IDDO enables research-driven responses to major challenges of infectious diseases through development and management of data sharing platforms.
Research themes

Data collected on infectious diseases, which disproportionally affect low- and middle-income countries, are often fragmented, of sub-optimal quality and use very heterogeneous methods to assess and/or analyse similar conditions. Many of the research studies include small numbers of patients, and reports or publications are often delayed or not made available, such that the data are lost to any further analysis. These deficiencies are especially acute in the context of emerging infections where initial data must be collected in the midst of a rapidly evolving situation and where patients are often geographically disparate. All of these factors contribute to production of extremely heterogeneous, dispersed data sets with few opportunities for valid comparison.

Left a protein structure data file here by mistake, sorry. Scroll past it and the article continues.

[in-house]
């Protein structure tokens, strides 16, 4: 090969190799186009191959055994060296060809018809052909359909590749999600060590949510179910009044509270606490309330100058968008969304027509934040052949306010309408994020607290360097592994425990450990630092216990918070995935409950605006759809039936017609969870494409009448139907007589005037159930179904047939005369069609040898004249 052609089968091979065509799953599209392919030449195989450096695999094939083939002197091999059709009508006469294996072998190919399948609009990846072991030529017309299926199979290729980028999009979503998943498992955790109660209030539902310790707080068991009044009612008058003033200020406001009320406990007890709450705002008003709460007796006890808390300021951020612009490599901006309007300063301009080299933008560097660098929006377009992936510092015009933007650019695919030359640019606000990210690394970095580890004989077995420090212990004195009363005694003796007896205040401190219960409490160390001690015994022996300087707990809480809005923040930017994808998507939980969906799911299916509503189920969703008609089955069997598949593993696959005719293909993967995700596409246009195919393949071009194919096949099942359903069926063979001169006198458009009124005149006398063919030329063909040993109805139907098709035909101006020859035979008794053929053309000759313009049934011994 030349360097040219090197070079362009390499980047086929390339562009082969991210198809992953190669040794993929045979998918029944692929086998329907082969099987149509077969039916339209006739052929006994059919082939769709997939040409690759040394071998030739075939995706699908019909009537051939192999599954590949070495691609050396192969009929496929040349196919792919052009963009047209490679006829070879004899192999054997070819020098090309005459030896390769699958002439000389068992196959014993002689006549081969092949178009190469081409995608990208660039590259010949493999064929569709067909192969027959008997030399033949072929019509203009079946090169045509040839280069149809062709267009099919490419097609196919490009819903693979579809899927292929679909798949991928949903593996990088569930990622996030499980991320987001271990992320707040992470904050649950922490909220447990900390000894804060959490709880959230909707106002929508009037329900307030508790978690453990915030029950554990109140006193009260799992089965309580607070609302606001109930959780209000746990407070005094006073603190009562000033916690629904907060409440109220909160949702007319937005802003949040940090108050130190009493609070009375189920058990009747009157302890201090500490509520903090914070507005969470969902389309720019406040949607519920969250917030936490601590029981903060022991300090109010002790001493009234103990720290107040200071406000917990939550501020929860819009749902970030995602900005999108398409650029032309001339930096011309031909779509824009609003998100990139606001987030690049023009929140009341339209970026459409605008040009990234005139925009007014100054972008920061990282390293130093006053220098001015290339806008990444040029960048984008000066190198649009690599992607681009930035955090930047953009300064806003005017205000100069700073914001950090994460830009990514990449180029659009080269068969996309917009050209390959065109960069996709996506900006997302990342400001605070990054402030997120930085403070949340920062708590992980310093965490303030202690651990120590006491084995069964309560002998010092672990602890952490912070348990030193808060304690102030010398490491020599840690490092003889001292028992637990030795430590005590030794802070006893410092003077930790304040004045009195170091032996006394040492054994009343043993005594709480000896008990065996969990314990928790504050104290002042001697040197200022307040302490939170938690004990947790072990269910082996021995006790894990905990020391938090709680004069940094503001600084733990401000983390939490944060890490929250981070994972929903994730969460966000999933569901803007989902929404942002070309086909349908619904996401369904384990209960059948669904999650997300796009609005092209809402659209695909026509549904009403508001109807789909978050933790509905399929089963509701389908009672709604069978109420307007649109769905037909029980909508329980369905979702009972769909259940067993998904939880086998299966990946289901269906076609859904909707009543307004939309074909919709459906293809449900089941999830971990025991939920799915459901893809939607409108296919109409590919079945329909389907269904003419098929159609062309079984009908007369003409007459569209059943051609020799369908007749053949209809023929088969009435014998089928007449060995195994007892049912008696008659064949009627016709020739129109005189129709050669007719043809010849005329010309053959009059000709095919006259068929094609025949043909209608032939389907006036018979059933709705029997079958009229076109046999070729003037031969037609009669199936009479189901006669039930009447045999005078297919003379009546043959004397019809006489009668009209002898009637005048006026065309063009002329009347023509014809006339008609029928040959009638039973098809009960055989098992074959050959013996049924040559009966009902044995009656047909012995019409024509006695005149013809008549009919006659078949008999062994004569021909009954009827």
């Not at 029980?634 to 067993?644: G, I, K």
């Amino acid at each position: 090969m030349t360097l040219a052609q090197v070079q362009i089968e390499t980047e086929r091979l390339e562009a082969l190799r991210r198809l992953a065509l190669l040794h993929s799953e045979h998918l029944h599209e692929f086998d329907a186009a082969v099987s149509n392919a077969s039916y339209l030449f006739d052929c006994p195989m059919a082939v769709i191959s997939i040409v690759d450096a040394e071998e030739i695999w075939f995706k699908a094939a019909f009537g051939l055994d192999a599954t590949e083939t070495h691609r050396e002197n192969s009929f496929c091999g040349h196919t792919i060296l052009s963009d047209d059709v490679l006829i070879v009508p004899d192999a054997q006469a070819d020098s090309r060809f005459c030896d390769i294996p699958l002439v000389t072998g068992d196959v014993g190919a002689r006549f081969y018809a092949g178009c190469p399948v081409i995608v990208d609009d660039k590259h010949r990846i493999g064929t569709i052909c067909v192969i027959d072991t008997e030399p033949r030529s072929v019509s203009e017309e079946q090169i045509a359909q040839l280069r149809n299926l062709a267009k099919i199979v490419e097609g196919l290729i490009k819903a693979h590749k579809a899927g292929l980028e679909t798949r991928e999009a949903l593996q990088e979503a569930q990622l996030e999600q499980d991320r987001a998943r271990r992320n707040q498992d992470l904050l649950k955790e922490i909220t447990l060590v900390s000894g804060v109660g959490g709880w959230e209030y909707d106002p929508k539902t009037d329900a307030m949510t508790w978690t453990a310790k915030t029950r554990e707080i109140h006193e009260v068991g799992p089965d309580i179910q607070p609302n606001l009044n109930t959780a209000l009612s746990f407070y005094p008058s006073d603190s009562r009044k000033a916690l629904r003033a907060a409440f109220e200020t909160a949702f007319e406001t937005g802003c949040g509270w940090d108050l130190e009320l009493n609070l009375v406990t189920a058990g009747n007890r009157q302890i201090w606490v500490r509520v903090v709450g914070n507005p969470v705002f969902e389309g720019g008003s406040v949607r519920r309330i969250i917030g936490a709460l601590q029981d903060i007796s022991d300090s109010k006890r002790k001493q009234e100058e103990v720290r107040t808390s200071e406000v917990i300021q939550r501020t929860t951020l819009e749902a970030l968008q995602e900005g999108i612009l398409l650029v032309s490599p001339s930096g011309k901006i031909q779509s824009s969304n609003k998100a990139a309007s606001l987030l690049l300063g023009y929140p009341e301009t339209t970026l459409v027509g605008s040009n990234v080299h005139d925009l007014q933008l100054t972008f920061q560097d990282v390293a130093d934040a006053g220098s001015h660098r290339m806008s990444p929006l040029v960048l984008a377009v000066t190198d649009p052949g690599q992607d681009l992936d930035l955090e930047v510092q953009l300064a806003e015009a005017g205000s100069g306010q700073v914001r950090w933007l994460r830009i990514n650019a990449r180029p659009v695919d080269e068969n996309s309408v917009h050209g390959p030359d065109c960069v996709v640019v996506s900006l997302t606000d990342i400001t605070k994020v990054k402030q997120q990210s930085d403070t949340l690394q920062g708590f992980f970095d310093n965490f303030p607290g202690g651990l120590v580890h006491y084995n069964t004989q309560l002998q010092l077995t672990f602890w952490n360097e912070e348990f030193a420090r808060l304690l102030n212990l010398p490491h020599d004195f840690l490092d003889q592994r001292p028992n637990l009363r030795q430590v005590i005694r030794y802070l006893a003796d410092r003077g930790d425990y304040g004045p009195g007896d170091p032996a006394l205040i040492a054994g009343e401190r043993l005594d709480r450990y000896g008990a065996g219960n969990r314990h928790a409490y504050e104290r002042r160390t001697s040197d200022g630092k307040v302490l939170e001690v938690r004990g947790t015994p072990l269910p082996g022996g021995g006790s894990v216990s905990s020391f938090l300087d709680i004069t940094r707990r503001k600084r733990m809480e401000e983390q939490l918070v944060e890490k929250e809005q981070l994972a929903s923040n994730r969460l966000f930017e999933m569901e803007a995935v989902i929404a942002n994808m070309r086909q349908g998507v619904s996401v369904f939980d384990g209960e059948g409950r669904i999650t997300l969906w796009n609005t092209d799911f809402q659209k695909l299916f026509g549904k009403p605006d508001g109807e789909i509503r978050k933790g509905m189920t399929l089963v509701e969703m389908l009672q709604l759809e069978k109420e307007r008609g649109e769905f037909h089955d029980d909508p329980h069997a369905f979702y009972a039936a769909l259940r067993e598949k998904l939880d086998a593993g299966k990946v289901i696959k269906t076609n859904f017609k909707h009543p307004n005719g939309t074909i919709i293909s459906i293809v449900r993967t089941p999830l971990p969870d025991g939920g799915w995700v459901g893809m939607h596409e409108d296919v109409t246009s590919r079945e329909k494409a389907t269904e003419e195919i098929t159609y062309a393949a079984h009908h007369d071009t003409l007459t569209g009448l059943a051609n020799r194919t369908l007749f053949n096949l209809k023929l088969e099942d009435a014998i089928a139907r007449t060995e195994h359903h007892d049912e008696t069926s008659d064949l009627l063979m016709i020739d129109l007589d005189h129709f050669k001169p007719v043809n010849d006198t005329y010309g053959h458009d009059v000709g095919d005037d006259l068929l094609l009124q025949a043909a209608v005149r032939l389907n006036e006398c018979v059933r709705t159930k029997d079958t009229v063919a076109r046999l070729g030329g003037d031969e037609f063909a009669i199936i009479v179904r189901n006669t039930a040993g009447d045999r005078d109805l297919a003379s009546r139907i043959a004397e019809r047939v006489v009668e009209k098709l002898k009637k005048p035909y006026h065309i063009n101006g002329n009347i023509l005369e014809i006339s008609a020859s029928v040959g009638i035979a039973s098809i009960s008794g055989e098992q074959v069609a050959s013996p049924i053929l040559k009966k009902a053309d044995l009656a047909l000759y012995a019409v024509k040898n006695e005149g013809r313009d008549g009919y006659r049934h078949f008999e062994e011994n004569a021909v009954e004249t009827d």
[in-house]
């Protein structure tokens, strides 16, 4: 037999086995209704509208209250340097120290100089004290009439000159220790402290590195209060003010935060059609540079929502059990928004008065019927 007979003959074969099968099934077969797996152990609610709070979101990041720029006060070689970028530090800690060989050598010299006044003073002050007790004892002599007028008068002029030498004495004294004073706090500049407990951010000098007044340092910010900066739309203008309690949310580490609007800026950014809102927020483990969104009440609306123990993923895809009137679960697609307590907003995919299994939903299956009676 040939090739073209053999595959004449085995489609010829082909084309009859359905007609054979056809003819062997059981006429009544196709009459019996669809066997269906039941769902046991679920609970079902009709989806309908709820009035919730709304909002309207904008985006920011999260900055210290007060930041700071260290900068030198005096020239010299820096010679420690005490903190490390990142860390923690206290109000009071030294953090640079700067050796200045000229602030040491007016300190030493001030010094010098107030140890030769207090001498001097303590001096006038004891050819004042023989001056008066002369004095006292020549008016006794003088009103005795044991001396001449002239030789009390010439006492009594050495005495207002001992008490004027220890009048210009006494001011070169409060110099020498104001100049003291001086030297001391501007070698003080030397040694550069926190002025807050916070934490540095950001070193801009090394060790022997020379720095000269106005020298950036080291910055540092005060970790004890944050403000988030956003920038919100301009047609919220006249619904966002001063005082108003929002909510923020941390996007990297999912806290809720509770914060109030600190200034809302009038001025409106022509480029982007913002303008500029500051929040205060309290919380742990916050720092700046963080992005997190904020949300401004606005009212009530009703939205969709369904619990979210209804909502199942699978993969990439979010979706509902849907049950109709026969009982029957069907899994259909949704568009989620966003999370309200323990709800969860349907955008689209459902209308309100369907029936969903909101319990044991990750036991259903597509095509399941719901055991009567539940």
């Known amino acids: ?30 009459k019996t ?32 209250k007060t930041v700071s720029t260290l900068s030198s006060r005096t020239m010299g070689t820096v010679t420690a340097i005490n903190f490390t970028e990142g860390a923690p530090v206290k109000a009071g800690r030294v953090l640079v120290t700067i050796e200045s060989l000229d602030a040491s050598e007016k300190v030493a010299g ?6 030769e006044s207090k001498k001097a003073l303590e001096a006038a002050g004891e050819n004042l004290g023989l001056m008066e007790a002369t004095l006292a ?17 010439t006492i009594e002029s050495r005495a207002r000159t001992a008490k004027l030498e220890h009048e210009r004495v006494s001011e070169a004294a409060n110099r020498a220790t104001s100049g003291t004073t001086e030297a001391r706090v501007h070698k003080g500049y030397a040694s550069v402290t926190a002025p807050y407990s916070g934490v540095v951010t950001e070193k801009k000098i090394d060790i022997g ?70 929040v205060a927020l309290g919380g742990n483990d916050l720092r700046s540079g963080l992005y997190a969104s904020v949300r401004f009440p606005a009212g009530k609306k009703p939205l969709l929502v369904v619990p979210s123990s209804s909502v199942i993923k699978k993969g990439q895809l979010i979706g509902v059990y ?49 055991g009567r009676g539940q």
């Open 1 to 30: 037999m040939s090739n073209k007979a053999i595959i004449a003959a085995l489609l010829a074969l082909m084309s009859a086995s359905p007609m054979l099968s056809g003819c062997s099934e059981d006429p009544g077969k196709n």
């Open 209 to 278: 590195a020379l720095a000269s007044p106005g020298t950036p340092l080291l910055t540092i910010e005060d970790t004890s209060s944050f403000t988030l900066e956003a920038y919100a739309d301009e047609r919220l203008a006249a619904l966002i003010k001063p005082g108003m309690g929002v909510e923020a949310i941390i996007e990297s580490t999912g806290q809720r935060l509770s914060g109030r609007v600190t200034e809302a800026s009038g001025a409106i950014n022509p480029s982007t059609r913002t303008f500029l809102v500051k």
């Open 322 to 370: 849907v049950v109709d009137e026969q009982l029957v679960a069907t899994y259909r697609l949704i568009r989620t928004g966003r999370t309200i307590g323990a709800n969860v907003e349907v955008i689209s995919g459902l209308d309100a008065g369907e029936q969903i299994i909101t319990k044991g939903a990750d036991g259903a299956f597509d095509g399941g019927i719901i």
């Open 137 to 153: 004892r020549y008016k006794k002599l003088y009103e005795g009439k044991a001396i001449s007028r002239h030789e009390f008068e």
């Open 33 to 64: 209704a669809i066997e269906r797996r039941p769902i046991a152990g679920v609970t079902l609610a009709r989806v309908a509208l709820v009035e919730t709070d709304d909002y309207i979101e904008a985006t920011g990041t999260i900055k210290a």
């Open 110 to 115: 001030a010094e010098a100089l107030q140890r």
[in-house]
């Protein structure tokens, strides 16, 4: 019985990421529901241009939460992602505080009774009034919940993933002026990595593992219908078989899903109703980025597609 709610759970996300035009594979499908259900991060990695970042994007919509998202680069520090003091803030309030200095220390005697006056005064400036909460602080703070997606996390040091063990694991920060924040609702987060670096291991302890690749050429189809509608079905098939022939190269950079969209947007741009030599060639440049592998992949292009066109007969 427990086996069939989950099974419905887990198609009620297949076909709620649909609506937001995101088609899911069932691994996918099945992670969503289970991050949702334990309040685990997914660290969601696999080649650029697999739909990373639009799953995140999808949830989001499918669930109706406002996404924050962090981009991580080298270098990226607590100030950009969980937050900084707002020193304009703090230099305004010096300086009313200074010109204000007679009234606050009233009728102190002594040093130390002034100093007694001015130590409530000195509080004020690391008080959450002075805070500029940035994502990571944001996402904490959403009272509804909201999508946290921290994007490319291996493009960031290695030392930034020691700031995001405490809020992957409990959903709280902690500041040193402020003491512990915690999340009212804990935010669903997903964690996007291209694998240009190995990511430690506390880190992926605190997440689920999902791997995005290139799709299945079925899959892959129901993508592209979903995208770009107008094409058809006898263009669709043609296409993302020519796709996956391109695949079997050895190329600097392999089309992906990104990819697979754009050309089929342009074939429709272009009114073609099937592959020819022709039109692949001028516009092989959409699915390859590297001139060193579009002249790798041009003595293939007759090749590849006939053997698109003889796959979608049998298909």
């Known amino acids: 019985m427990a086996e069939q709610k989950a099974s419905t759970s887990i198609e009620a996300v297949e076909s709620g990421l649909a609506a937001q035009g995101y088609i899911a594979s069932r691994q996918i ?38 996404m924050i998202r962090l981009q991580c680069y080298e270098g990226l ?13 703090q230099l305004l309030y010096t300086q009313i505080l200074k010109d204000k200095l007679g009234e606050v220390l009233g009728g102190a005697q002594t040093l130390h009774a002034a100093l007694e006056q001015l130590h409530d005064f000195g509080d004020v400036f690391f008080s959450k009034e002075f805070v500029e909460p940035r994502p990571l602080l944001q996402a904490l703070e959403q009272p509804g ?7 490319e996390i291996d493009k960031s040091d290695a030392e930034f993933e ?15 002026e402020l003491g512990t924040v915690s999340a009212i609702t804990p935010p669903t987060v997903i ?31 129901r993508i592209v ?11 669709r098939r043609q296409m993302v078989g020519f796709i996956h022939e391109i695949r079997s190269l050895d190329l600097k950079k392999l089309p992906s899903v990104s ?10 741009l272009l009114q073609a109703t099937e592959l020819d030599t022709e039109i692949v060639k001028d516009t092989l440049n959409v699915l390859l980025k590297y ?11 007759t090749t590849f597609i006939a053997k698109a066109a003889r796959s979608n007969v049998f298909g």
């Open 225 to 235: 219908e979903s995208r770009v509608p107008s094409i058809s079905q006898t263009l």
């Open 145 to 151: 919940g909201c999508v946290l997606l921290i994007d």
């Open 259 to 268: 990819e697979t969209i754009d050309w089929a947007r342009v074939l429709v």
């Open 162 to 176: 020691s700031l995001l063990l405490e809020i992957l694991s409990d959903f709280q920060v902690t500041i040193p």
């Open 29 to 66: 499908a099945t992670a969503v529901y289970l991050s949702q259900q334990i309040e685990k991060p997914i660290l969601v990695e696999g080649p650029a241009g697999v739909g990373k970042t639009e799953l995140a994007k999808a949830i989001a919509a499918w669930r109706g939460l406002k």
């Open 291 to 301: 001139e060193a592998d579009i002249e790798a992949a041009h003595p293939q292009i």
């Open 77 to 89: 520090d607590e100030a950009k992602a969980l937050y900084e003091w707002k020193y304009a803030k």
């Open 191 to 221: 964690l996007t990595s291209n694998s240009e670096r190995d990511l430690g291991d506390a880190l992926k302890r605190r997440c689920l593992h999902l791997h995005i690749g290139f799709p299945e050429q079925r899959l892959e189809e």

By pooling individual patient data (IPD) into harmonised platforms that integrate clinical outcomes with pharmacological and molecular information, we can circumvent many of these challenges.  Analysis of larger pooled IPD increases the power to determine optimal treatments, provide evidence on the most effective outbreak responses, and can reveal differences in drug efficacy and safety over time and in specific vulnerable populations (e.g. infants, pregnant women, and patients with co-morbidities such as HIV, malnutrition, or genomic disorders), which cannot be discerned from smaller individual studies.

Currently, IDDO has these active areas of research work: malaria, COVID-19, visceral leishmaniasis, medicine quality, schistosomiasis, soil-transmitted helminthiases, Ebola, Chagas disease and antimicrobial resistance. More are already in development or being scoped for feasibility.

These platforms enable inter- and cross-discipline analysis of global data on these diseases. As a part of the platform, long-term security and accessibility of data are ensured in order to maximise utility by the health, research and humanitarian communities.